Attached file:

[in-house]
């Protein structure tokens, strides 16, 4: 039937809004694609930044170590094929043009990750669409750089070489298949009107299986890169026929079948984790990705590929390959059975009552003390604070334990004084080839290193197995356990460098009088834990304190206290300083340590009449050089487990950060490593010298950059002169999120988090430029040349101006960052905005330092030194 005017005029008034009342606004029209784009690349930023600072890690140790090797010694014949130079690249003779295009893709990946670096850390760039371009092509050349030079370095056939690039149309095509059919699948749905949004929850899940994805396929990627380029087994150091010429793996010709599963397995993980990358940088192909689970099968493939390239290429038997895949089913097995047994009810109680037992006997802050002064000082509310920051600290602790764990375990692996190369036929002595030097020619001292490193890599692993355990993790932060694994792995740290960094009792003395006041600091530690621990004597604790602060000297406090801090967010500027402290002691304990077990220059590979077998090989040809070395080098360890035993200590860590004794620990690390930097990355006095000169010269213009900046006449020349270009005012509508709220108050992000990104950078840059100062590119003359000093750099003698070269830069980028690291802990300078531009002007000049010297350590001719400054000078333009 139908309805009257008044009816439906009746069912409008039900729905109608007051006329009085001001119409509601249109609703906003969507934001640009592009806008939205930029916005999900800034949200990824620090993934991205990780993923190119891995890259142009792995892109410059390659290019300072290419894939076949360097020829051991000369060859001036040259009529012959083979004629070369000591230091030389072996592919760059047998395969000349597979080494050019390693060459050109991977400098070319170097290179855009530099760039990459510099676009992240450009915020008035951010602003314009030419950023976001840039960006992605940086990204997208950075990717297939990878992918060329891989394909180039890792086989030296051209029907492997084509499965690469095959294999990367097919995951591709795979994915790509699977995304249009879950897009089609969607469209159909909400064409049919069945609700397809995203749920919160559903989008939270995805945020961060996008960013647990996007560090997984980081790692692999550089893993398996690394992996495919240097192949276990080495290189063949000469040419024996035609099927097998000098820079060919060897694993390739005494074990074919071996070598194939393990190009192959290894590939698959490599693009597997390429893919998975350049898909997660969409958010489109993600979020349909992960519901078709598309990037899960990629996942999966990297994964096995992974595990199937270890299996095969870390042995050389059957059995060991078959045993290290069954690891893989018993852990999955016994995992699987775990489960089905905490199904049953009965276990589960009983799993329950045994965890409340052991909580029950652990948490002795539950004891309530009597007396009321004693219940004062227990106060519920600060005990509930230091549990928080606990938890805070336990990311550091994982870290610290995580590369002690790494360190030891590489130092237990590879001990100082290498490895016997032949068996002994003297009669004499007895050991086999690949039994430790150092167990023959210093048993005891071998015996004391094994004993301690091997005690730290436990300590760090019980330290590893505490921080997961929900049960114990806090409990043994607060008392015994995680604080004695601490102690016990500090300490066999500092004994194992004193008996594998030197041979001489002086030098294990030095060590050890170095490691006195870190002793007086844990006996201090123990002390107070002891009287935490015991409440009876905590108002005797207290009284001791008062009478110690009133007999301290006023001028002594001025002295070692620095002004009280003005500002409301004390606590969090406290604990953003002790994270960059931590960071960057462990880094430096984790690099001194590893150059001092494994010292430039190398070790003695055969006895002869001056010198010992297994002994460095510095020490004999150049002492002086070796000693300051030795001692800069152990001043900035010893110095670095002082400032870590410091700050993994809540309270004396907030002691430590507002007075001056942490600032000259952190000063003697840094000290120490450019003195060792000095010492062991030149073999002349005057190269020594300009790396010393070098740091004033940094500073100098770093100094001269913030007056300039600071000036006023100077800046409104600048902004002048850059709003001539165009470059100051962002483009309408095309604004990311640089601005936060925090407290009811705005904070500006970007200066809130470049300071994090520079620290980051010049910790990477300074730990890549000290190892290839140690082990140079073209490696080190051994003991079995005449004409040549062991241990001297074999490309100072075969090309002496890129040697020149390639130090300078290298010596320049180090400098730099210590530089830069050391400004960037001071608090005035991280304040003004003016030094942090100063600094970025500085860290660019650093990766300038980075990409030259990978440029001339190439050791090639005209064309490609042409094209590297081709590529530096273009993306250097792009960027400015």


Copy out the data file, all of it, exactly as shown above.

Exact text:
[in-house]
């Protein structure tokens, strides 16, 4: 039937809004694609930044170590094929043009990750669409750089070489298949009107299986890169026929079948984790990705590929390959059975009552003390604070334990004084080839290193197995356990460098009088834990304190206290300083340590009449050089487990950060490593010298950059002169999120988090430029040349101006960052905005330092030194 005017005029008034009342606004029209784009690349930023600072890690140790090797010694014949130079690249003779295009893709990946670096850390760039371009092509050349030079370095056939690039149309095509059919699948749905949004929850899940994805396929990627380029087994150091010429793996010709599963397995993980990358940088192909689970099968493939390239290429038997895949089913097995047994009810109680037992006997802050002064000082509310920051600290602790764990375990692996190369036929002595030097020619001292490193890599692993355990993790932060694994792995740290960094009792003395006041600091530690621990004597604790602060000297406090801090967010500027402290002691304990077990220059590979077998090989040809070395080098360890035993200590860590004794620990690390930097990355006095000169010269213009900046006449020349270009005012509508709220108050992000990104950078840059100062590119003359000093750099003698070269830069980028690291802990300078531009002007000049010297350590001719400054000078333009 139908309805009257008044009816439906009746069912409008039900729905109608007051006329009085001001119409509601249109609703906003969507934001640009592009806008939205930029916005999900800034949200990824620090993934991205990780993923190119891995890259142009792995892109410059390659290019300072290419894939076949360097020829051991000369060859001036040259009529012959083979004629070369000591230091030389072996592919760059047998395969000349597979080494050019390693060459050109991977400098070319170097290179855009530099760039990459510099676009992240450009915020008035951010602003314009030419950023976001840039960006992605940086990204997208950075990717297939990878992918060329891989394909180039890792086989030296051209029907492997084509499965690469095959294999990367097919995951591709795979994915790509699977995304249009879950897009089609969607469209159909909400064409049919069945609700397809995203749920919160559903989008939270995805945020961060996008960013647990996007560090997984980081790692692999550089893993398996690394992996495919240097192949276990080495290189063949000469040419024996035609099927097998000098820079060919060897694993390739005494074990074919071996070598194939393990190009192959290894590939698959490599693009597997390429893919998975350049898909997660969409958010489109993600979020349909992960519901078709598309990037899960990629996942999966990297994964096995992974595990199937270890299996095969870390042995050389059957059995060991078959045993290290069954690891893989018993852990999955016994995992699987775990489960089905905490199904049953009965276990589960009983799993329950045994965890409340052991909580029950652990948490002795539950004891309530009597007396009321004693219940004062227990106060519920600060005990509930230091549990928080606990938890805070336990990311550091994982870290610290995580590369002690790494360190030891590489130092237990590879001990100082290498490895016997032949068996002994003297009669004499007895050991086999690949039994430790150092167990023959210093048993005891071998015996004391094994004993301690091997005690730290436990300590760090019980330290590893505490921080997961929900049960114990806090409990043994607060008392015994995680604080004695601490102690016990500090300490066999500092004994194992004193008996594998030197041979001489002086030098294990030095060590050890170095490691006195870190002793007086844990006996201090123990002390107070002891009287935490015991409440009876905590108002005797207290009284001791008062009478110690009133007999301290006023001028002594001025002295070692620095002004009280003005500002409301004390606590969090406290604990953003002790994270960059931590960071960057462990880094430096984790690099001194590893150059001092494994010292430039190398070790003695055969006895002869001056010198010992297994002994460095510095020490004999150049002492002086070796000693300051030795001692800069152990001043900035010893110095670095002082400032870590410091700050993994809540309270004396907030002691430590507002007075001056942490600032000259952190000063003697840094000290120490450019003195060792000095010492062991030149073999002349005057190269020594300009790396010393070098740091004033940094500073100098770093100094001269913030007056300039600071000036006023100077800046409104600048902004002048850059709003001539165009470059100051962002483009309408095309604004990311640089601005936060925090407290009811705005904070500006970007200066809130470049300071994090520079620290980051010049910790990477300074730990890549000290190892290839140690082990140079073209490696080190051994003991079995005449004409040549062991241990001297074999490309100072075969090309002496890129040697020149390639130090300078290298010596320049180090400098730099210590530089830069050391400004960037001071608090005035991280304040003004003016030094942090100063600094970025500085860290660019650093990766300038980075990409030259990978440029001339190439050791090639005209064309490609042409094209590297081709590529530096273009993306250097792009960027400015």